IRES Seminar Series
Time: 12:30pm to 1:30pm (every Thursday)
Location: AERL Theatre (room 120), 2202 Main Mall
Speakers: RES PhD Candidates Michiko Namazu and Jason Brown
The Evolution of Carsharing: Heterogeneity in adoption and impacts
Vancouver is a metropolitan hub of the carsharing world. The region holds 4 independent carsharing services (Modo, Zipcar, Car2go and Evo) that offer over 2,000 carsharing vehicles in total. A quarter of Vancouver residents are members of carsharing services, and the carshaing fleet size per capita is the largest in North America. However, even though Vancouver is a leader in carsharing, very few attempts have been made so far to understand the roles and meanings of these services. Do these services contribute to reduce greenhouse gases? How about their effects on vehicle dependency? In my talk, I will present my latest findings about the environmental benefits yielded from carsharing. My talk also covers the macro picture of carsharing – the evolution of carsharing services. Vancouver, a pioneer of carsharing, is an ideal region to explore what benefits carsharing services have provided already, and what benefits these services can provide in the future.
Michiko is a Ph.D. candidate at the Institute for Resources, Environment and Sustainability at the University of British Columbia. Her research interests are focused around sharing economies, where people share goods rather than own them. She is interested in examining how/whether this shift from ownership to access, enhanced by internet-communication technologies, leads to fewer energy and/or material consumptions. For her Ph.D. thesis, she analyzes carsharing services as an example of a sharing economy. She explores the environmental impacts of carsharing, vehicle ownership reduction by carsharing, characteristics of carsharing users, travel behaviour changes induced by carsharing, etc.
Dwelling in the Wilderness: A Monastic Spiritual Ecology
What is the relationship between religious belief, embodied experience, and the environment? Spiritual Ecology, an emerging discipline at the nexus of the sciences and the humanities, sometimes referred to as Religion and Ecology, seeks to explore this terrain. Jason’s presentation, a case study in Spiritual Ecology, will focus on the relationship that four monastic communities in the American West have developed with their landscapes including both management practices and spiritual practices, embodied experience and religious belief, their sense of place and their sense of ultimate meaning. It is a contemplative ethnography, a geography of the heart, and a spiritual ecology.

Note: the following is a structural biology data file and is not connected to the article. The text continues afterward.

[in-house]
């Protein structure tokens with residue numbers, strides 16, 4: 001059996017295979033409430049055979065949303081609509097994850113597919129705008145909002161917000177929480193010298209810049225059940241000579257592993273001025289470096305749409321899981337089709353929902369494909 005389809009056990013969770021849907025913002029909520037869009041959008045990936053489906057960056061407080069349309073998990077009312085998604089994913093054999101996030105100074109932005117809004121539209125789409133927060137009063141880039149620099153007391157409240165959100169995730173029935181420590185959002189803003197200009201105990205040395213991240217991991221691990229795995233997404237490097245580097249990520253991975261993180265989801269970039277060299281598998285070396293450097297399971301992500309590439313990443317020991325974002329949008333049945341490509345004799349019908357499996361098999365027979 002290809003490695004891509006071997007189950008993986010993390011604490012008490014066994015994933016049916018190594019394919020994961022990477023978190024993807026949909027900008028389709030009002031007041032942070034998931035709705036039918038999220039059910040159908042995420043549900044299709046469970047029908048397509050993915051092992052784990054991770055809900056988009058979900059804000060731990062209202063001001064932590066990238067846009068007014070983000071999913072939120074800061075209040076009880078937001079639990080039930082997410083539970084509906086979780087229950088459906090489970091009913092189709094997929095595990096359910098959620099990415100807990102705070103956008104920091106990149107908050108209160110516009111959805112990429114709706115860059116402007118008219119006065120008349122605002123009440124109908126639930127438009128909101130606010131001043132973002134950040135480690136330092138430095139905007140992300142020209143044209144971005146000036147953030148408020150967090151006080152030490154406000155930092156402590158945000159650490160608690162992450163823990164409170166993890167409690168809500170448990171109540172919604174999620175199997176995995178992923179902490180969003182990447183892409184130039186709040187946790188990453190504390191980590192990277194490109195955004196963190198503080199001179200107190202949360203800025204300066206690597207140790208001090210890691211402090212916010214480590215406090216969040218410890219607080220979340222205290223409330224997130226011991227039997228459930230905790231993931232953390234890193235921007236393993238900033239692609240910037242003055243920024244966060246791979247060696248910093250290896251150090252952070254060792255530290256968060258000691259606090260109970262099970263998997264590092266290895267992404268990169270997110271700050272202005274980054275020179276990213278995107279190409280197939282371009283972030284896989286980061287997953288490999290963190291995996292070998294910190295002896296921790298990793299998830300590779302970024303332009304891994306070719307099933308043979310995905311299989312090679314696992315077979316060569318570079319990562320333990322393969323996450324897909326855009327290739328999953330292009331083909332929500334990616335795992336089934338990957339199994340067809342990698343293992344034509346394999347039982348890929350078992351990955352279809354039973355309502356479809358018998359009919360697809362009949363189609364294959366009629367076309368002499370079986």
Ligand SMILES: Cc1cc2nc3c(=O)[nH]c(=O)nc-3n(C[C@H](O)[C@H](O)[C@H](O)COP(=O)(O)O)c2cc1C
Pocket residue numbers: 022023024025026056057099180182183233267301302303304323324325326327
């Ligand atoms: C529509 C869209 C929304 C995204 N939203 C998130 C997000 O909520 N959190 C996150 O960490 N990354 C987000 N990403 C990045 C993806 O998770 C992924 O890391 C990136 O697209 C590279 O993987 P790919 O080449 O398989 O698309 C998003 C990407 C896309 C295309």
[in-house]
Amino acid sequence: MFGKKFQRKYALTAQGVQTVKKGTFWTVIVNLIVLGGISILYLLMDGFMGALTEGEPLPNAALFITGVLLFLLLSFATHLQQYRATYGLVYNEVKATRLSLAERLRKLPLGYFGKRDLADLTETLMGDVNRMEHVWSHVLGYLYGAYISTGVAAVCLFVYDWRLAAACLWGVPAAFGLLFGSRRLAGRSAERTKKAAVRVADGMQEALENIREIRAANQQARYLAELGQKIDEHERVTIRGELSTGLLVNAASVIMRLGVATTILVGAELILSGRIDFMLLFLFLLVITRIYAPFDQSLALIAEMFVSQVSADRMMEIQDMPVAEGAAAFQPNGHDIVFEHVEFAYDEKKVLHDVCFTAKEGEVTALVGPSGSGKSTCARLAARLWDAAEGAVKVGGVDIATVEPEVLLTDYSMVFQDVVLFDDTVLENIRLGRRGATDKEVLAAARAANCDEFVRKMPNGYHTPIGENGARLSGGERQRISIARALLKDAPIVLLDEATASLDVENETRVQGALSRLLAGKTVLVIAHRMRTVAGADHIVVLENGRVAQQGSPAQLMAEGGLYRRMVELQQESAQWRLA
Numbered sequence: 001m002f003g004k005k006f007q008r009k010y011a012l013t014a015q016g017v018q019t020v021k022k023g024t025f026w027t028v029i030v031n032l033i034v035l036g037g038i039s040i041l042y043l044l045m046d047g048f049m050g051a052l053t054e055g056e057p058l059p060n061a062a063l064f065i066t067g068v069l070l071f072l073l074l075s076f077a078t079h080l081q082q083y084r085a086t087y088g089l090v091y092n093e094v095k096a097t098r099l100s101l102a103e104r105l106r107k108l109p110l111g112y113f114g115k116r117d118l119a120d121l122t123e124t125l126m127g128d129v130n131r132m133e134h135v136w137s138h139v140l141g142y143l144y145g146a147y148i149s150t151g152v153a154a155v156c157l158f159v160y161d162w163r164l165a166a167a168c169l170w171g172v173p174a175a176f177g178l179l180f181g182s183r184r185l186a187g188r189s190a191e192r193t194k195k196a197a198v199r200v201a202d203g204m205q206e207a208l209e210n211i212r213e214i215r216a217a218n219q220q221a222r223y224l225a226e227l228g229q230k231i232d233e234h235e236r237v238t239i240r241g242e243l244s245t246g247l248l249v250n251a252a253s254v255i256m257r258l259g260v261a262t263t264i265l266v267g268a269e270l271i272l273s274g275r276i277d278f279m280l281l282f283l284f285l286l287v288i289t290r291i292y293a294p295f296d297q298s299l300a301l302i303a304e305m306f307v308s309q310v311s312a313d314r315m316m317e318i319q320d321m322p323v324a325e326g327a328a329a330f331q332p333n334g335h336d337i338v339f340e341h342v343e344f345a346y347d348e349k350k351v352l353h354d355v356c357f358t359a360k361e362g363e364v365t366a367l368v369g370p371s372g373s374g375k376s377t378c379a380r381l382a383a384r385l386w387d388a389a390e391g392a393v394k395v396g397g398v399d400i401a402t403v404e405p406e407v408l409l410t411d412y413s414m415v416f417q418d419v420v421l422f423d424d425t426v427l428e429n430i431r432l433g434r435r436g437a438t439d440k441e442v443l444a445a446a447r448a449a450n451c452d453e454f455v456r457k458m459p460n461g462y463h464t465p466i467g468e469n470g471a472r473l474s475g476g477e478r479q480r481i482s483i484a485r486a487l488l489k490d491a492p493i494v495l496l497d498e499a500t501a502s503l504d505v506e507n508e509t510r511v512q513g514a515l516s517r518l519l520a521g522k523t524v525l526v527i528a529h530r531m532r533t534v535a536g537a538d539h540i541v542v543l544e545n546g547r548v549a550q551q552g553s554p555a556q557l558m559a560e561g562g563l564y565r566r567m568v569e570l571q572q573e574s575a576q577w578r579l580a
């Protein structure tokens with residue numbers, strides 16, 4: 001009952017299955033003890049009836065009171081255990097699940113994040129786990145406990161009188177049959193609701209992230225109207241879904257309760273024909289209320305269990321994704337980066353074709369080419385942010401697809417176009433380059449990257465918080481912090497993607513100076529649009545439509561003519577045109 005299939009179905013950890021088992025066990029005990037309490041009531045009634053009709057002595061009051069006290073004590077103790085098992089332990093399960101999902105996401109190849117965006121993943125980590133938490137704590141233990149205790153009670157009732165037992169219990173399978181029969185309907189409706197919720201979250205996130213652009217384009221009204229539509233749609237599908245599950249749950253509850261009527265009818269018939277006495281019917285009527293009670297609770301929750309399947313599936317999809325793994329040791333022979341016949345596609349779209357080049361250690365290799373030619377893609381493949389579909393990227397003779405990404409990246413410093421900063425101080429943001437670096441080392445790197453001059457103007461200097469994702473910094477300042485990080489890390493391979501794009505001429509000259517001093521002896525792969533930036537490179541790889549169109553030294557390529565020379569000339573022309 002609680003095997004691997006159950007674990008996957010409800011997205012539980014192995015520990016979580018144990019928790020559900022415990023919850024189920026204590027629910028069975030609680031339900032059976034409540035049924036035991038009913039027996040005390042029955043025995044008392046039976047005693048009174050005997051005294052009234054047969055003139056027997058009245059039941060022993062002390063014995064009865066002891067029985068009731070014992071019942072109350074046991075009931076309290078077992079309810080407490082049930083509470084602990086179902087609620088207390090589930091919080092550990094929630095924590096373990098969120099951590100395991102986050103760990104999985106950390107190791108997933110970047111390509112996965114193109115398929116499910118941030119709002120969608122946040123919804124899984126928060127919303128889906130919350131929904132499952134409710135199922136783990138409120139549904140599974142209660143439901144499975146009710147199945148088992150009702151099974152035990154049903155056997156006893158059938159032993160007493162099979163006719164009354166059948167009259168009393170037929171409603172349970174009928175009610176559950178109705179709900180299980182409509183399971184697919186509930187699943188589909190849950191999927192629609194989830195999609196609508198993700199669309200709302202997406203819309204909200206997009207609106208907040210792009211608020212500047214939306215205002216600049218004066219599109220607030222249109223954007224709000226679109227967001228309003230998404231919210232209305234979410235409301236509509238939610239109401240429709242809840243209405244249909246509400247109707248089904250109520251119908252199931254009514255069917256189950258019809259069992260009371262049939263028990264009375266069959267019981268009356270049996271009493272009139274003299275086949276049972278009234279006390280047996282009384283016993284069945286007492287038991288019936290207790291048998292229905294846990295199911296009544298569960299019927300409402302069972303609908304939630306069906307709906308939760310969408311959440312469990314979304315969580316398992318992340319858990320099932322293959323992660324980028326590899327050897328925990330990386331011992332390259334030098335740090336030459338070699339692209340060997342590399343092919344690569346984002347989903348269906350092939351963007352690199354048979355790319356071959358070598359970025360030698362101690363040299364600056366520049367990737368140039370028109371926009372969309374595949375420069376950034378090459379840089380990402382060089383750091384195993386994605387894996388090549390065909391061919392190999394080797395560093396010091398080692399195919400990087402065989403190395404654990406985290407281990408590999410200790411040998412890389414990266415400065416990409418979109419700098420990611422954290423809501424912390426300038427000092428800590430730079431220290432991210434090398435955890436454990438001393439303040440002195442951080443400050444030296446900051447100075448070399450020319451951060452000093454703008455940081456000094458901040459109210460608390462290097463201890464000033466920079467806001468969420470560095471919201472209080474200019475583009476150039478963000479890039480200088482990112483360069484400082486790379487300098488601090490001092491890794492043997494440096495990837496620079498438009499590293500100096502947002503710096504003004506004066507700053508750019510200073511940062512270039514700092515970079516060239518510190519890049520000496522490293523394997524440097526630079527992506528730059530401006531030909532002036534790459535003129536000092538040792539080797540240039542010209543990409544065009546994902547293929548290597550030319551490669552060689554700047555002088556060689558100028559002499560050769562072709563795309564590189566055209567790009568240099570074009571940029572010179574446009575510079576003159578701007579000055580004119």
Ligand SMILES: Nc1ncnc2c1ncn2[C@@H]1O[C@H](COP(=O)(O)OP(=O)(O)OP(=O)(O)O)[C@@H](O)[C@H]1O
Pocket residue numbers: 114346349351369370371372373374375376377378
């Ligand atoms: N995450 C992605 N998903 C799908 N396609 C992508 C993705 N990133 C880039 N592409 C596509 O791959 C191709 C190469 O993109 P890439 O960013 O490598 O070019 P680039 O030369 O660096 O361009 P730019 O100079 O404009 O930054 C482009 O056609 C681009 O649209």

Jason was born in Southern California, but since 2001 has lived in many different places including the Dominican Republic, Connecticut, Utah, Oregon and, now Vancouver. His undergraduate work was in anthropology at Brigham Young University, where he studied traditional Guatemalan forestry practices. As a joint Master’s student at Yale he studied forestry and theology, going on to work as a professional forester and adjunct professor of Ethics and Religion in Salt Lake City. He is currently a fourth year PhD Candidate with the Institute for the Resources, Environment and Sustainability (IRES) working with Terre Satterfield. His dissertation research focuses on the spiritual ecology of four Catholic monastic communities in the American West, their land use and management, beliefs, sense of place, and embodied spirituality. He is the Co-Founder of the Salish Sea Spiritual Ecology Alliance, and a Co-Producer of Experiencing the Sacred: Where Spirit Meets World in Vancouver, a weekly radio program on Vancouver Coop Radio CFRO 100.5 FM. His blogs on Patheos.com is called Holyscapes. He recently contributed to a volume entitled Coming of Age at the End of Nature: A Generation Faces Living on a Changed Planet.